EPA Hearings, Pittsburgh PA, 12 November 2015
I like to think of myself as somewhere between a scientist and an engineer. I have a Ph.D. in physics from MIT, and I’ve taught at the University of Oxford. On the engineering side, I’ve worked at Bell Laboratories and Google.
But global warming is big trouble because I have three kids, who (with some luck) may be around until 2100. They’ll see some climate nastiness in their old age, even under optimistic scenarios. And grandchildren? Well, that depends on whether our kids have them; my eldest daughter is a geophysicist and sometimes she takes a bleak view of our political will to control climate change.
Meanwhile, I do what I can as an individual. I walk to work; we have a hybrid car. I’ve insulated the attic, my electricity nominally comes from Texas wind farms, and I buy carbon offsets. It’s not nearly enough.
Because I’ve been lucky enough to have a technical career, I can read the scientific papers and understand the mechanisms. It is grim and scary reading. As you know well, the literature is trustworthy; while there are some uncertainties where the science has not been nailed down, the overall picture is very clear. Specifically, to avoid serious trouble, we have a globally shared carbon budget that corresponds to less than 25 years at our current rate of consumption.
Within 25 years, we need to rebuild our economy to be largely fossil-fuel free. We might have less time, if science discovers unexpected positive feedback mechanisms.
People will tell you — doubtless they have told you — that 25 years is too short a time to rebuild our energy supplies. People will tell you that the economic life of a power plant is 30 to 50 years, so we must move slowly. Don’t believe them.
The people who tell you that have grown up in a static industry. One where 10% of the power plants were built before I was born, and where efficiencies have increased by just a fewpercentage points since then. It’s an industry that has seen little recent innovation. And, now the industry is starting to be replaced: we’re starting to get wind and solar power competing with those old fossil-fueled plants. They have a similar cost per megawatt-hour, and fewer strip mines, no carbon pollution, no fly ash, and no oil spills.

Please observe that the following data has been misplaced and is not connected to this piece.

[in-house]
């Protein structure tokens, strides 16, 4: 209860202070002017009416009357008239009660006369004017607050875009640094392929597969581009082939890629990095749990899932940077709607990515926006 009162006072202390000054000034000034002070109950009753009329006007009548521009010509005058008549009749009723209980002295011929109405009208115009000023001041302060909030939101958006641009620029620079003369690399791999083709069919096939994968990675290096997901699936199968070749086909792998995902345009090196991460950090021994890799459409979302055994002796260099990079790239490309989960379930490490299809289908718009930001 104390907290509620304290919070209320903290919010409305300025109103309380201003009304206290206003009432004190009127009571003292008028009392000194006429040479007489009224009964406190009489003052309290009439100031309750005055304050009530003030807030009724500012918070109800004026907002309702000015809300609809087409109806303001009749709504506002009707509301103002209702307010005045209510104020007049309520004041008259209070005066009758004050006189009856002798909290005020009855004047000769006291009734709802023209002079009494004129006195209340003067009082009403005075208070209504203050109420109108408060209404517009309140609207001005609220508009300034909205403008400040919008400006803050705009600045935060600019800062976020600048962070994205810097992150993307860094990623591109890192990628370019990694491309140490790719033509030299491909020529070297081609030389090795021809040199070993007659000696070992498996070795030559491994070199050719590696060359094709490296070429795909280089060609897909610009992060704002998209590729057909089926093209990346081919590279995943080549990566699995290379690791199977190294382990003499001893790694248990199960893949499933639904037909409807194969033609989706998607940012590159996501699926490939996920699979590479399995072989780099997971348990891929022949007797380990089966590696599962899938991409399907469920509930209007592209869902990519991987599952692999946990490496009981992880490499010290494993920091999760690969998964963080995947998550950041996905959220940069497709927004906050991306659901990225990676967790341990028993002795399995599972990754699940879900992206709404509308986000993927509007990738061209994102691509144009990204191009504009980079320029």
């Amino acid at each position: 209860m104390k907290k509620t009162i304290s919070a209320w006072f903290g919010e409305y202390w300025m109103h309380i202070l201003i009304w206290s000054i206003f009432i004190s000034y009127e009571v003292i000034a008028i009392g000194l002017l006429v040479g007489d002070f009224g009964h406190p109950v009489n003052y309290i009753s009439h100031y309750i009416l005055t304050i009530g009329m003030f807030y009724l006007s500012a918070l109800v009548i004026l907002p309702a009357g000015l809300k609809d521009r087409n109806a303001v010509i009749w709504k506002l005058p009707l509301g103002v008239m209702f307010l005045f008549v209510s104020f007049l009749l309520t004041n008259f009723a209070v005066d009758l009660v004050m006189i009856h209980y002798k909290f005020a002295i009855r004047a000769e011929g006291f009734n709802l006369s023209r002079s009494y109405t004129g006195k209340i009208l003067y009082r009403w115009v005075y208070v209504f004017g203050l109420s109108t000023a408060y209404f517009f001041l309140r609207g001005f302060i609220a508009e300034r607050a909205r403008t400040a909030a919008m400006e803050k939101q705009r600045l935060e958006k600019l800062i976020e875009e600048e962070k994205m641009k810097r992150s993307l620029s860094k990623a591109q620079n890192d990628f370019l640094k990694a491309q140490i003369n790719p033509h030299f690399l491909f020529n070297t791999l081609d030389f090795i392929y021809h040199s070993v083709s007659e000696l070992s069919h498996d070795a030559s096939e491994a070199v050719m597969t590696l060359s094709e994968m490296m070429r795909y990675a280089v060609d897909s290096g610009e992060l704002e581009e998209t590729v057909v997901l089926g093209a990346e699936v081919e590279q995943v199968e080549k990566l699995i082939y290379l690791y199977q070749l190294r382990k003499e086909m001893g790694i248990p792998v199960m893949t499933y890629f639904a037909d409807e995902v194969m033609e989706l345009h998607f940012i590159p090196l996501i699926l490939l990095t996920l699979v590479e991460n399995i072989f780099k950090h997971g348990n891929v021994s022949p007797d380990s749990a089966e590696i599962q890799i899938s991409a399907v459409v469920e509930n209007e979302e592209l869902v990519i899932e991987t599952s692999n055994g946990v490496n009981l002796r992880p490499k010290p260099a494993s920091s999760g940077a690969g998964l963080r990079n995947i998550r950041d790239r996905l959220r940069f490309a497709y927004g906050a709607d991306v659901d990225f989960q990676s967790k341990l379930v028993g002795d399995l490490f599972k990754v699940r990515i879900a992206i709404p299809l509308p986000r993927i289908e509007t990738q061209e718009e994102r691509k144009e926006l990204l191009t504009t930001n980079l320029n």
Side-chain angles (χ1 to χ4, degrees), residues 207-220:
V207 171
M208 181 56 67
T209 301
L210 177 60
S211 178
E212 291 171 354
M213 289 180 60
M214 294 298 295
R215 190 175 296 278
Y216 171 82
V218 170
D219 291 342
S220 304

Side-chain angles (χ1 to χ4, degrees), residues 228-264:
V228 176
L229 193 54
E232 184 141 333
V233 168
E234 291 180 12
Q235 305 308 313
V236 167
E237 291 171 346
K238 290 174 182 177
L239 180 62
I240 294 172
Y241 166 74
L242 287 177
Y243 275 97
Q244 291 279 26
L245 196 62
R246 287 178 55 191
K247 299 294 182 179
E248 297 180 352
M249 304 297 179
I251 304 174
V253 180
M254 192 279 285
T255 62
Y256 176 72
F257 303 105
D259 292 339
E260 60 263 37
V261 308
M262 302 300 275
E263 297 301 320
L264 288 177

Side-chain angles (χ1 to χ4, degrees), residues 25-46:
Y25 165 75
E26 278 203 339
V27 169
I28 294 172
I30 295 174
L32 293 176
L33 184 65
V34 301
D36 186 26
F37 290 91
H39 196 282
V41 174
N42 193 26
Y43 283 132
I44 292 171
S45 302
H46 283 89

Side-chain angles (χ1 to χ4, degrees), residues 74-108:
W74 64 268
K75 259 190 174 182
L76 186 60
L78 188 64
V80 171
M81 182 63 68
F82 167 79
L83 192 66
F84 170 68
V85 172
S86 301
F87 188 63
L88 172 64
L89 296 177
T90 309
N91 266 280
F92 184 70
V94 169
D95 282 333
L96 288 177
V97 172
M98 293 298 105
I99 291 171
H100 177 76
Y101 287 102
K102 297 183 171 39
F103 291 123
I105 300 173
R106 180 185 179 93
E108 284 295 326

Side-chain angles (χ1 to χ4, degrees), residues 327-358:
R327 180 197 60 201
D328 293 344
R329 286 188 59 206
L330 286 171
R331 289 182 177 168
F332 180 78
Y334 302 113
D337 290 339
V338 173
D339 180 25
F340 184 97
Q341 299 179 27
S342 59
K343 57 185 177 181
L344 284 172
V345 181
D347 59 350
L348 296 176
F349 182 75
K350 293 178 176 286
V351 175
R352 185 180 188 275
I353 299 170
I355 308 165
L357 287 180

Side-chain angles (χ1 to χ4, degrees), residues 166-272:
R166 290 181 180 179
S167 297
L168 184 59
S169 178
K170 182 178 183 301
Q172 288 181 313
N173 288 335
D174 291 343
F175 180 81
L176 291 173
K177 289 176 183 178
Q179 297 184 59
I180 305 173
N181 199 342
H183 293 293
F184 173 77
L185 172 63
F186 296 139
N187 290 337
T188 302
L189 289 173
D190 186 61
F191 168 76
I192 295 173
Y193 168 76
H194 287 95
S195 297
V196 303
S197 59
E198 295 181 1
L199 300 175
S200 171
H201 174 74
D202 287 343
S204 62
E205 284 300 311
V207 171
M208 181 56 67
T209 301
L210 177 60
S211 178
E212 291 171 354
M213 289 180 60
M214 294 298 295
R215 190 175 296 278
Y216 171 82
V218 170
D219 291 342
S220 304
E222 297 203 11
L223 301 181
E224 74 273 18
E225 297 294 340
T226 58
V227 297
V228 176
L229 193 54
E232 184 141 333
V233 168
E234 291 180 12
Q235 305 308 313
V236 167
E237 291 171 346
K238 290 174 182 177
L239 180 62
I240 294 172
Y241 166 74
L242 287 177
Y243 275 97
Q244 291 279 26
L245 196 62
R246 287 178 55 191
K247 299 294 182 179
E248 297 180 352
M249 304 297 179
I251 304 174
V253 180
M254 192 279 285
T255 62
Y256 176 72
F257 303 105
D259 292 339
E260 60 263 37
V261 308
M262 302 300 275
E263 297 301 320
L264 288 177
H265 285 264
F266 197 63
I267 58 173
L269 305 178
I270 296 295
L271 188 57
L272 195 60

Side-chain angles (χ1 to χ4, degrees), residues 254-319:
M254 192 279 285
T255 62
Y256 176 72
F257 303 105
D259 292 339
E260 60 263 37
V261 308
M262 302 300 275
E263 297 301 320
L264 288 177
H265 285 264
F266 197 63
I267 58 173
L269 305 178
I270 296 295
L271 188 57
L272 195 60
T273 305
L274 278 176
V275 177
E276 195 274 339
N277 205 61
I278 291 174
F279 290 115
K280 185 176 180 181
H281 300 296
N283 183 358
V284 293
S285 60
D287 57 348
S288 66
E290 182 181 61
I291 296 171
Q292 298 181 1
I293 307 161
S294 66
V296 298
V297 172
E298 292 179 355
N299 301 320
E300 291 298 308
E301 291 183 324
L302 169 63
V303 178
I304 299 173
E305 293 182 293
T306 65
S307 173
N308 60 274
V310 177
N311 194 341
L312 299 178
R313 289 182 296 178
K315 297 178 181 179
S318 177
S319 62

The people running the electric power industry are doubtless smart, people, but their experience hasn’t prepared them for the changes in technology and economics that are happening.
I’ve seen a similar transition. When I started working for AT&T in 1987, telephones were very different from computers. Each phone call was carried over a dedicated circuit, and that circuit was expensive. But change was coming. Optical fibers would, over the next decade, make data transport unimaginably cheap. And, computers would become fast enough to economically process and switch phone calls. As a result, the industry changed rapidly and messily.
Between 1995 to 2002, my own company, Lucent Technologies, was run over by technological change. It couldn’t adapt fast enough; it had too many people who expected incremental improvements. Lucent went from a stable, profitable company, to one that was losing money, shrinking, and about to be acquired in a fire sale.
But, despite the collapse of some of the major telecommunications companies, phones kept working. Despite the fact that some companies lost money, and that old technology was thrown away before it wore out, the new technologies drove incredible improvements that have now been picked up by over a billion people. Everyone has a smart phone now.
By analogy, we can’t afford to have sympathy for the current players in the electric power industry. They are old technologies are about to be run over by the new. Some of the current companies may survive the change to renewables, but many of them won’t be able to adapt rapidly enough.
The welfare of old power plants is not our primary concern. As long as we exercise a moderate amount of care, the free market will keep the lights on, and those old-technology coal and natural gas plants will be replaced with something cheaper and cleaner.
So, I applaud the EPA’s regulation of carbon pollution, but I think that we are not being aggressive enough. We need to stay below the global carbon budget and move fast, not at the slow pace that the electric power industry would like to see. We are growing a new industry out of new technologies, and our goal should be to shut down the old, dirty power generation industry as soon as practical. The new industry will grow to replace the old.